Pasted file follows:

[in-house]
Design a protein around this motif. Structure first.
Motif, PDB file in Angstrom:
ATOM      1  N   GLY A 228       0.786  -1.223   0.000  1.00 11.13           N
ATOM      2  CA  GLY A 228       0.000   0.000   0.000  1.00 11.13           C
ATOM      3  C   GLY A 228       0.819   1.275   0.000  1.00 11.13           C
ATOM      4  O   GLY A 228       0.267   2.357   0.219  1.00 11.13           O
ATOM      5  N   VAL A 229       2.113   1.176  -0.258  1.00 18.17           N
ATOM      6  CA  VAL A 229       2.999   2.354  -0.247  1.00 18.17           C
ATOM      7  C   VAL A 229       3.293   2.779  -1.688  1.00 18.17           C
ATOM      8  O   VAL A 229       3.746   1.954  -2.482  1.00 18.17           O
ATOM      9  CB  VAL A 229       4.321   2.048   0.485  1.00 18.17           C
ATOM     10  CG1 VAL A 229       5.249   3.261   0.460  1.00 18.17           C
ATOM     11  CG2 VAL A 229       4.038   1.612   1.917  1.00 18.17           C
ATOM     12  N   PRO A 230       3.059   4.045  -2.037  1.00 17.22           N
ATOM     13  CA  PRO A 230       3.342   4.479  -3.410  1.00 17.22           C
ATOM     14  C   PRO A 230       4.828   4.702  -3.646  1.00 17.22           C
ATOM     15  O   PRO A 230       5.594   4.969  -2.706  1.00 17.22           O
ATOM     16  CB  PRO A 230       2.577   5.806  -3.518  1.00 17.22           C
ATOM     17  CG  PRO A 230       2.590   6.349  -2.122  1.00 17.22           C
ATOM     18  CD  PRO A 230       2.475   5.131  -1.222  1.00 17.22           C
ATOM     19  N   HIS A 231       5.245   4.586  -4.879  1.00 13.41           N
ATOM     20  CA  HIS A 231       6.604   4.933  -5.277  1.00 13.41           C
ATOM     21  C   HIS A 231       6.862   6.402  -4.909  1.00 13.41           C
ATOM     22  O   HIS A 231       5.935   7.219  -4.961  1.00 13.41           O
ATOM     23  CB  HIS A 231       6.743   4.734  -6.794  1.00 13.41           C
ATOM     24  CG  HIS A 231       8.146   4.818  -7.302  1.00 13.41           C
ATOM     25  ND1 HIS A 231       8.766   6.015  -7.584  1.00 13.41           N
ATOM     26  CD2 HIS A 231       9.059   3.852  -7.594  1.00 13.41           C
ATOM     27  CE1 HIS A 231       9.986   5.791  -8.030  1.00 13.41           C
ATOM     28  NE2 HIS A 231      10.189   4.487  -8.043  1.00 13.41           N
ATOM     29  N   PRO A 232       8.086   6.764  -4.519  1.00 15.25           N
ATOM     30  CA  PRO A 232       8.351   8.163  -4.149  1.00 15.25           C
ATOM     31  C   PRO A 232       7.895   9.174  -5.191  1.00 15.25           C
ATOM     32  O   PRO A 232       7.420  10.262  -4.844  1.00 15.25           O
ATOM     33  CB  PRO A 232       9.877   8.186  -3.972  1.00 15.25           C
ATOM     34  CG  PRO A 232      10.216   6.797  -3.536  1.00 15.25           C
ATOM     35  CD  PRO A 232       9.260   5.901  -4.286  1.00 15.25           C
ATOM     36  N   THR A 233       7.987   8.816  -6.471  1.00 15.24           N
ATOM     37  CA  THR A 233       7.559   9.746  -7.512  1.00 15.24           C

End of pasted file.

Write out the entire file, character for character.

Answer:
[in-house]
Design a protein around this motif. Structure first.
Motif, PDB file in Angstrom:
ATOM      1  N   GLY A 228       0.786  -1.223   0.000  1.00 11.13           N
ATOM      2  CA  GLY A 228       0.000   0.000   0.000  1.00 11.13           C
ATOM      3  C   GLY A 228       0.819   1.275   0.000  1.00 11.13           C
ATOM      4  O   GLY A 228       0.267   2.357   0.219  1.00 11.13           O
ATOM      5  N   VAL A 229       2.113   1.176  -0.258  1.00 18.17           N
ATOM      6  CA  VAL A 229       2.999   2.354  -0.247  1.00 18.17           C
ATOM      7  C   VAL A 229       3.293   2.779  -1.688  1.00 18.17           C
ATOM      8  O   VAL A 229       3.746   1.954  -2.482  1.00 18.17           O
ATOM      9  CB  VAL A 229       4.321   2.048   0.485  1.00 18.17           C
ATOM     10  CG1 VAL A 229       5.249   3.261   0.460  1.00 18.17           C
ATOM     11  CG2 VAL A 229       4.038   1.612   1.917  1.00 18.17           C
ATOM     12  N   PRO A 230       3.059   4.045  -2.037  1.00 17.22           N
ATOM     13  CA  PRO A 230       3.342   4.479  -3.410  1.00 17.22           C
ATOM     14  C   PRO A 230       4.828   4.702  -3.646  1.00 17.22           C
ATOM     15  O   PRO A 230       5.594   4.969  -2.706  1.00 17.22           O
ATOM     16  CB  PRO A 230       2.577   5.806  -3.518  1.00 17.22           C
ATOM     17  CG  PRO A 230       2.590   6.349  -2.122  1.00 17.22           C
ATOM     18  CD  PRO A 230       2.475   5.131  -1.222  1.00 17.22           C
ATOM     19  N   HIS A 231       5.245   4.586  -4.879  1.00 13.41           N
ATOM     20  CA  HIS A 231       6.604   4.933  -5.277  1.00 13.41           C
ATOM     21  C   HIS A 231       6.862   6.402  -4.909  1.00 13.41           C
ATOM     22  O   HIS A 231       5.935   7.219  -4.961  1.00 13.41           O
ATOM     23  CB  HIS A 231       6.743   4.734  -6.794  1.00 13.41           C
ATOM     24  CG  HIS A 231       8.146   4.818  -7.302  1.00 13.41           C
ATOM     25  ND1 HIS A 231       8.766   6.015  -7.584  1.00 13.41           N
ATOM     26  CD2 HIS A 231       9.059   3.852  -7.594  1.00 13.41           C
ATOM     27  CE1 HIS A 231       9.986   5.791  -8.030  1.00 13.41           C
ATOM     28  NE2 HIS A 231      10.189   4.487  -8.043  1.00 13.41           N
ATOM     29  N   PRO A 232       8.086   6.764  -4.519  1.00 15.25           N
ATOM     30  CA  PRO A 232       8.351   8.163  -4.149  1.00 15.25           C
ATOM     31  C   PRO A 232       7.895   9.174  -5.191  1.00 15.25           C
ATOM     32  O   PRO A 232       7.420  10.262  -4.844  1.00 15.25           O
ATOM     33  CB  PRO A 232       9.877   8.186  -3.972  1.00 15.25           C
ATOM     34  CG  PRO A 232      10.216   6.797  -3.536  1.00 15.25           C
ATOM     35  CD  PRO A 232       9.260   5.901  -4.286  1.00 15.25           C
ATOM     36  N   THR A 233       7.987   8.816  -6.471  1.00 15.24           N
ATOM     37  CA  THR A 233       7.559   9.746  -7.512  1.00 15.24           C